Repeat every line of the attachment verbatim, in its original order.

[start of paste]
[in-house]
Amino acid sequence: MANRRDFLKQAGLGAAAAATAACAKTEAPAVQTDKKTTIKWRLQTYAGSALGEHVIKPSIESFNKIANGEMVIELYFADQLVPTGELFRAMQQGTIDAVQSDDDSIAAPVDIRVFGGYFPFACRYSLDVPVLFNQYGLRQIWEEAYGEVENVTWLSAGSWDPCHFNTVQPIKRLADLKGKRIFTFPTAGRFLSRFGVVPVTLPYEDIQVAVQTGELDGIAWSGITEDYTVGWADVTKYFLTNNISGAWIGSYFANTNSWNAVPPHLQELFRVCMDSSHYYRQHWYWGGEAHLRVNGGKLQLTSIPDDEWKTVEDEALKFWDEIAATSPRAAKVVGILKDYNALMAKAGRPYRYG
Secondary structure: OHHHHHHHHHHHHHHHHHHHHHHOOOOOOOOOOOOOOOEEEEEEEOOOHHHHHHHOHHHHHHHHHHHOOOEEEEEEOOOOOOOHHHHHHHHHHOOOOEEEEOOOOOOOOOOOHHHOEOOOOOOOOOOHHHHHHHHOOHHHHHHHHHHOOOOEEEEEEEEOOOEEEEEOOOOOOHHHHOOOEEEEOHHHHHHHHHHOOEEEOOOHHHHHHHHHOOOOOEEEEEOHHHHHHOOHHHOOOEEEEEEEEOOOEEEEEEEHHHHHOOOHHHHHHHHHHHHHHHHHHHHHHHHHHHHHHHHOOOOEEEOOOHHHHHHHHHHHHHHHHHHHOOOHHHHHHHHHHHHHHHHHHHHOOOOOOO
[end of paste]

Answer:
[in-house]
Amino acid sequence: MANRRDFLKQAGLGAAAAATAACAKTEAPAVQTDKKTTIKWRLQTYAGSALGEHVIKPSIESFNKIANGEMVIELYFADQLVPTGELFRAMQQGTIDAVQSDDDSIAAPVDIRVFGGYFPFACRYSLDVPVLFNQYGLRQIWEEAYGEVENVTWLSAGSWDPCHFNTVQPIKRLADLKGKRIFTFPTAGRFLSRFGVVPVTLPYEDIQVAVQTGELDGIAWSGITEDYTVGWADVTKYFLTNNISGAWIGSYFANTNSWNAVPPHLQELFRVCMDSSHYYRQHWYWGGEAHLRVNGGKLQLTSIPDDEWKTVEDEALKFWDEIAATSPRAAKVVGILKDYNALMAKAGRPYRYG
Secondary structure: OHHHHHHHHHHHHHHHHHHHHHHOOOOOOOOOOOOOOOEEEEEEEOOOHHHHHHHOHHHHHHHHHHHOOOEEEEEEOOOOOOOHHHHHHHHHHOOOOEEEEOOOOOOOOOOOHHHOEOOOOOOOOOOHHHHHHHHOOHHHHHHHHHHOOOOEEEEEEEEOOOEEEEEOOOOOOHHHHOOOEEEEOHHHHHHHHHHOOEEEOOOHHHHHHHHHOOOOOEEEEEOHHHHHHOOHHHOOOEEEEEEEEOOOEEEEEEEHHHHHOOOHHHHHHHHHHHHHHHHHHHHHHHHHHHHHHHHOOOOEEEOOOHHHHHHHHHHHHHHHHHHHOOOHHHHHHHHHHHHHHHHHHHHOOOOOOO